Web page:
Fraser: We ended up selling our St. Clair house without any issues and moved into the new place at the end of June.

Martha: Once we realized we’d be stuck at home for the rest of summer and likely fall, we decided to go full-throttle on making our outdoor space as livable as possible. There was a small patch of grass, which was sunken in some spots, with a pipeline running through the yard. It smelled terrible, and there were flies.

Working around the Covid restrictions over the summer was tricky—especially when it came to in-person meetings and who was allowed on the property. I worked closely with our landscape architect, Sander Freedman. I was inspired by a fountain I saw on Pinterest and wanted to bring in stone, wood and greenery to create a relaxing space. We also had an outdoor fire pit from Best Buy that we wanted in the centre of the space.

The dilapidated 400-square-foot backyard before the summer reno

Fraser: There was a lot of work to do. Construction started in late July with Peter Kim of J.B. Kim Landscaping, and his team worked until October. We poured in concrete for the base of the lounge area and along the side of the house.

Martha: The design evolved over the course of the project. I met with Peter practically every day. Originally everything was going to be made out of cedar, but Peter is an extremely creative metal worker, and he suggested we add architectural pieces, like fencing around our barbecue area.

Fraser: It made the space feel contemporary. There’s still a lot of cedar, but the black metal accents throughout add a great contrast. One challenge was creating space for our sporting equipment. We have a lot of bikes, golf clubs and skis—items you’d typically store in a garage or basement. But we didn’t have either, so we designed a storage area underneath the back porch. We spent a few weeks digging down to make room. Now it’s a full-height, weather-proof 75-square-foot space and the perfect place to store all our gear.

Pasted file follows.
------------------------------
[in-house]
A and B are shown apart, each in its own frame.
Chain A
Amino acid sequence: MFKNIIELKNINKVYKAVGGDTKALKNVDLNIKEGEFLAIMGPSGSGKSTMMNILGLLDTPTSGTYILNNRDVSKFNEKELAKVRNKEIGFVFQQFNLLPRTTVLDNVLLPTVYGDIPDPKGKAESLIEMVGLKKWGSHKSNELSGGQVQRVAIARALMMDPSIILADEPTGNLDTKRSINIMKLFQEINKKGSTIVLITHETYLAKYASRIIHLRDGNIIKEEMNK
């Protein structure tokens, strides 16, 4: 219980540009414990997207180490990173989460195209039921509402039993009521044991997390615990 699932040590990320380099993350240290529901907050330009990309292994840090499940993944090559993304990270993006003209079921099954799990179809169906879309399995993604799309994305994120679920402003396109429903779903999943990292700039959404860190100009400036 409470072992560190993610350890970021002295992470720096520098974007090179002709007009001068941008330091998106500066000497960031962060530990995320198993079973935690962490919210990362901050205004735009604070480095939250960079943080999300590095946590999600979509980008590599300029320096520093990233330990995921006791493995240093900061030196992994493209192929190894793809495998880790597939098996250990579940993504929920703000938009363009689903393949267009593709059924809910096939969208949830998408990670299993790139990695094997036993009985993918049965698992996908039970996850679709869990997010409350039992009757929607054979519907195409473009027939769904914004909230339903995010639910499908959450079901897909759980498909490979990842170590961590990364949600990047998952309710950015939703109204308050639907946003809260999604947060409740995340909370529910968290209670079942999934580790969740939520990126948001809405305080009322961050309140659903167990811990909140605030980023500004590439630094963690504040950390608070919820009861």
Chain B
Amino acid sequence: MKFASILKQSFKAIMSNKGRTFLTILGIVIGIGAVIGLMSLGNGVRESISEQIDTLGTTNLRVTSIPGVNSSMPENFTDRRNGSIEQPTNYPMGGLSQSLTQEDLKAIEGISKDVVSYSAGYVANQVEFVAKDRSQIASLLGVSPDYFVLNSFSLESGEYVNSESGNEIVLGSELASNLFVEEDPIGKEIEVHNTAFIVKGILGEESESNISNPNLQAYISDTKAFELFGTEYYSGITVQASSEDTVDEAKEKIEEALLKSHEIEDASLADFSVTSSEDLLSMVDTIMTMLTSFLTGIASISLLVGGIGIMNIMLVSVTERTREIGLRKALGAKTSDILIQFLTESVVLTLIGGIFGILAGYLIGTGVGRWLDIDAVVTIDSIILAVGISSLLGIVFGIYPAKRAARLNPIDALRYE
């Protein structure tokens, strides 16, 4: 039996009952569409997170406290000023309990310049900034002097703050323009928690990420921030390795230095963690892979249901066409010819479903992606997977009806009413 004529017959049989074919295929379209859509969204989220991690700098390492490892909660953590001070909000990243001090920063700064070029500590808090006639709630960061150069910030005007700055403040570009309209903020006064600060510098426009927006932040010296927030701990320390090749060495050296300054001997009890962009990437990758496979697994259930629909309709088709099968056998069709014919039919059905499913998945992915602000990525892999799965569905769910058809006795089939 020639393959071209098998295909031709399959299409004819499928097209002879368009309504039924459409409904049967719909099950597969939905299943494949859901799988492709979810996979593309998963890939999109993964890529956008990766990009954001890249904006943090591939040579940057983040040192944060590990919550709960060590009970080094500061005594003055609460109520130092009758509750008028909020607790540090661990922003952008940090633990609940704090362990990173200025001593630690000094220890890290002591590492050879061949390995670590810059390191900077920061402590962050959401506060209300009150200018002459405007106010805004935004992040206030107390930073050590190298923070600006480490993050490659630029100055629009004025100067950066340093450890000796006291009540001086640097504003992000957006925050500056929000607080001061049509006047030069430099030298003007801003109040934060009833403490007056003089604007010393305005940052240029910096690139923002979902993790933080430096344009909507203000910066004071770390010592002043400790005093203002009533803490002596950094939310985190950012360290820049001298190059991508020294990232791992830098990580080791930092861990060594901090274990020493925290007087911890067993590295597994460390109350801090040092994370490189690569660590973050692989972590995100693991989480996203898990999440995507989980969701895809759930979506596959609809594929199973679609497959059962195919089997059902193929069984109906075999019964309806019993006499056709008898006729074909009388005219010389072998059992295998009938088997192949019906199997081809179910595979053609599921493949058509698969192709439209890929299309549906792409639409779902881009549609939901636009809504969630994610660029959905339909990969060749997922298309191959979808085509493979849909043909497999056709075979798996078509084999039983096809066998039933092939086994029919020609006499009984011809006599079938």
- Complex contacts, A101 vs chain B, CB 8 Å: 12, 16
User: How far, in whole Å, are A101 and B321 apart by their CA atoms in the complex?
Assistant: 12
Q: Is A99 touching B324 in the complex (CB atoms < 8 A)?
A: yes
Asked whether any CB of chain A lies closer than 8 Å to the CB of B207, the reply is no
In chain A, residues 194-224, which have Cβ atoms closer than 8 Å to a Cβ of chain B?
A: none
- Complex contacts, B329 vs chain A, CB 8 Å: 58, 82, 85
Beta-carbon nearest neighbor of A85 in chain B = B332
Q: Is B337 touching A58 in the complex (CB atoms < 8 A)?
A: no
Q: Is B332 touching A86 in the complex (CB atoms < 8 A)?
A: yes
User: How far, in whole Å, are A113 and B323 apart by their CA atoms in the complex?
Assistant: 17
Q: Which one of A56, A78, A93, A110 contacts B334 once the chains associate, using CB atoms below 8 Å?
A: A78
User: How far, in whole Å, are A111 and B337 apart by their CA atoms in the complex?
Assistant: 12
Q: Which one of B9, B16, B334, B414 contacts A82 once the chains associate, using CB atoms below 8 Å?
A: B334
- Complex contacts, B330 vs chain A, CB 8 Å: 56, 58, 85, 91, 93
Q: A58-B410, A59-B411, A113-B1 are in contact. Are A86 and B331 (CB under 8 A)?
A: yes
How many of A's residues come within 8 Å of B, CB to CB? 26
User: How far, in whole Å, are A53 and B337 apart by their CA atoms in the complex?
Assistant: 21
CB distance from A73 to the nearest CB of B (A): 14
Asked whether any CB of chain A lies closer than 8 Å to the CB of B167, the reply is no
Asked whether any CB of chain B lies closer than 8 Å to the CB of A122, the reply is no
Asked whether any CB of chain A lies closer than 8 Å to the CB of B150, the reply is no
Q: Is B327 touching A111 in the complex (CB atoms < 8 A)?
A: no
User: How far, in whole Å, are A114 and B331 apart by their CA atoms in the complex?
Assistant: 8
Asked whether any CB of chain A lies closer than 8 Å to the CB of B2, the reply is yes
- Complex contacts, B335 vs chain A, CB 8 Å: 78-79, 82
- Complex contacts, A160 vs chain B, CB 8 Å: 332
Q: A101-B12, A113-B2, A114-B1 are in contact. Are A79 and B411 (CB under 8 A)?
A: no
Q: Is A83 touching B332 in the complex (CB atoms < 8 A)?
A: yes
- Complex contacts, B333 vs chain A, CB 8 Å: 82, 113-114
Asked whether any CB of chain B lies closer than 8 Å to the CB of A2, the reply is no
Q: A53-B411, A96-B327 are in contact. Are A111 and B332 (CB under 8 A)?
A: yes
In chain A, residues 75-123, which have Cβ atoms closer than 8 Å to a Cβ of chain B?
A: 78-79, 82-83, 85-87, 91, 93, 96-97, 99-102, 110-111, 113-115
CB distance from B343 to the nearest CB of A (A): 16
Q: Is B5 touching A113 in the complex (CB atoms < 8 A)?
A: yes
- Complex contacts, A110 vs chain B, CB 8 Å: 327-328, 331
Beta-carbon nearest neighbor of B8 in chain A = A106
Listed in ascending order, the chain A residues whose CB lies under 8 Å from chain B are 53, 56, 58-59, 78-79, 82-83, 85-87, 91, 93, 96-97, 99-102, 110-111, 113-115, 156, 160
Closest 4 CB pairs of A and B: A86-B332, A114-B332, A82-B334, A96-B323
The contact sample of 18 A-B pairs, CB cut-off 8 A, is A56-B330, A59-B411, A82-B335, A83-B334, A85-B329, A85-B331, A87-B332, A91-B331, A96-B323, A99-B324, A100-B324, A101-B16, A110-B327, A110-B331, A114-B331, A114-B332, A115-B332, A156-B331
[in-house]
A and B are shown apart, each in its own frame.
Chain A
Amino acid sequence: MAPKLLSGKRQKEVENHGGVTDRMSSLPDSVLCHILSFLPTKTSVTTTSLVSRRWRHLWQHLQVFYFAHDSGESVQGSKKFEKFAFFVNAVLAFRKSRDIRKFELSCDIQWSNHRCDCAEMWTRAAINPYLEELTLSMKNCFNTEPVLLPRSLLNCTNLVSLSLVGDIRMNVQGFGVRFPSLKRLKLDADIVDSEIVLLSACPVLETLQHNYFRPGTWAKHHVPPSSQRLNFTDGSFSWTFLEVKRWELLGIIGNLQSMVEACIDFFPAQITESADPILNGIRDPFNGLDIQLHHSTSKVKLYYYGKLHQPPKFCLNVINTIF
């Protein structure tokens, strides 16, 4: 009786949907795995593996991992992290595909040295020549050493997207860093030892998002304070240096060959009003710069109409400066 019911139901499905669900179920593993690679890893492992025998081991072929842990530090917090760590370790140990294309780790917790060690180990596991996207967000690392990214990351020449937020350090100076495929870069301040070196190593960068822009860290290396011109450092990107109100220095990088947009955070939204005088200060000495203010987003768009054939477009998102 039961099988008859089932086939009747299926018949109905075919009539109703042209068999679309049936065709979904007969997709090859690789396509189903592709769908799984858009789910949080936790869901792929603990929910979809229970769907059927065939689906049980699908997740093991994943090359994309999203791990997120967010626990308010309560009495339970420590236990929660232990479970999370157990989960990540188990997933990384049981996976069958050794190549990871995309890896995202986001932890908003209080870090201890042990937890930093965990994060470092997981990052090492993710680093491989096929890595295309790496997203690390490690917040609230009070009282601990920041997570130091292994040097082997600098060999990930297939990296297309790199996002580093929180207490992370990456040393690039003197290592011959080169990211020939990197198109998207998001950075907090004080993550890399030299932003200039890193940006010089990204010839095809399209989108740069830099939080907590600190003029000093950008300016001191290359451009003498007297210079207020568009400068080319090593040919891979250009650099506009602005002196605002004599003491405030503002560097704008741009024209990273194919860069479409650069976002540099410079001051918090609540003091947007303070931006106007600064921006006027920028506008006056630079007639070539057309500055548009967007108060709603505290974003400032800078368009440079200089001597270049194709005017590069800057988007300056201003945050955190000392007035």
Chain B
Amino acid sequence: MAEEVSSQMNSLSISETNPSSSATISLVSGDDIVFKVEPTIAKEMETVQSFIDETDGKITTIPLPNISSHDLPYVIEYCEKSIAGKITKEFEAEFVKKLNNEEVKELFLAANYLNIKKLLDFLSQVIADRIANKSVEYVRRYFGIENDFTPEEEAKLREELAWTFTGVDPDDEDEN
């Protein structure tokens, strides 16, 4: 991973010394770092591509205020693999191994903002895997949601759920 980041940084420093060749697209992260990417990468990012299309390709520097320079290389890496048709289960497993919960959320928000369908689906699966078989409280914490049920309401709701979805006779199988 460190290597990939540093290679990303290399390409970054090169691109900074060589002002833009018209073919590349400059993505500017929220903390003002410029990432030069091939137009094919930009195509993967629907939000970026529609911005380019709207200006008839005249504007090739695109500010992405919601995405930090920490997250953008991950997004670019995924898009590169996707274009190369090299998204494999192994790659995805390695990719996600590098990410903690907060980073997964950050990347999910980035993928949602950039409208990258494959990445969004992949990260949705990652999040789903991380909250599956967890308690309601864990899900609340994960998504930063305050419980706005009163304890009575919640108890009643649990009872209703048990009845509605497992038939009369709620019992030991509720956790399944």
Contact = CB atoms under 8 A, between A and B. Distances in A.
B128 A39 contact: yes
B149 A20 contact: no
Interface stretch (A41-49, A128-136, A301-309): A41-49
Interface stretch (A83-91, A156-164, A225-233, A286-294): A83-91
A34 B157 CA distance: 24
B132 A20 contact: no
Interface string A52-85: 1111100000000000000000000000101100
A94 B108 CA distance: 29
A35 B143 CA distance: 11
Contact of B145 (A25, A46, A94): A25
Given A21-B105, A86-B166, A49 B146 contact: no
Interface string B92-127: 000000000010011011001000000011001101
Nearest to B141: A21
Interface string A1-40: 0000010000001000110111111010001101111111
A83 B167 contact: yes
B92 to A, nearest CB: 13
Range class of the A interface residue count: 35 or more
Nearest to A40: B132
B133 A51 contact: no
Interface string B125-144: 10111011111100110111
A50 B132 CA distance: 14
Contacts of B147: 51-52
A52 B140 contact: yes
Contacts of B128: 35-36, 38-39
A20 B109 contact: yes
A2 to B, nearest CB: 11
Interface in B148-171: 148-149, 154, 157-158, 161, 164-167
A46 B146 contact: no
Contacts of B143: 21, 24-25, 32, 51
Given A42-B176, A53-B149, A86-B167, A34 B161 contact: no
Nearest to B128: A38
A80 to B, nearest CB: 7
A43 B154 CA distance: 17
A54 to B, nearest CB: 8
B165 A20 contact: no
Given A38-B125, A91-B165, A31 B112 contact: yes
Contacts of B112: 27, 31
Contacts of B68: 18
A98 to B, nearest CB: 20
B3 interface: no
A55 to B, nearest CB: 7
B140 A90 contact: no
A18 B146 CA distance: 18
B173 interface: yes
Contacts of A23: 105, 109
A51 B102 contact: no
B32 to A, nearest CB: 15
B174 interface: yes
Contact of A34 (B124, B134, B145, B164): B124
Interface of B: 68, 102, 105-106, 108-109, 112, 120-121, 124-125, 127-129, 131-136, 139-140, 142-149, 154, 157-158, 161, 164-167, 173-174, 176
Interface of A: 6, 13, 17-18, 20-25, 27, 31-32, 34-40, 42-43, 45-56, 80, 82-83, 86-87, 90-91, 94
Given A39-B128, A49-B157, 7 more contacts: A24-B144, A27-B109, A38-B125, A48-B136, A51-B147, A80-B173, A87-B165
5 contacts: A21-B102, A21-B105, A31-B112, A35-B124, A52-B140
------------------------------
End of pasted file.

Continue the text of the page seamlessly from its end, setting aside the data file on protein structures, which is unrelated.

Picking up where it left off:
Martha: I love how peaceful the backyard is. When it was warmer, the sound of the water trickling out of the stone fountain really helped us bliss out after a long work day. And the uplighting adds such a great vibe when we look out from our kitchen in the evenings. The whole space feels airy and chill. We extended the Sonos audio system from the house into the back. I even ordered patio heaters so we can enjoy it throughout the rest of the winter.

Fraser: Before the latest lockdown, we hosted some socially distanced get-togethers, and the backyard felt like a true extension of the house. I love the idea of it being an outdoor room that flows naturally with our open-concept first floor. The additional 400 square feet in the backyard is definitely useful these days, with the two of us working from home.

Martha: We were scheduled to have an 80-person wedding at Langdon Hall in August, which fell through because of Covid. We decided to go up there anyway for four days in October, and eloped with just the two of us, our officiant and photographer. So, in a way, our new house and backyard helps make up for the big celebration and honeymoon that we weren’t able to have this year. We’d never have spent this much on the backyard renovation if it hadn’t been for Covid. The whole project cost about $75,000. But now that it’s finished, we use it every evening. We bundle up, turn on the Christmas music and sit together with wine.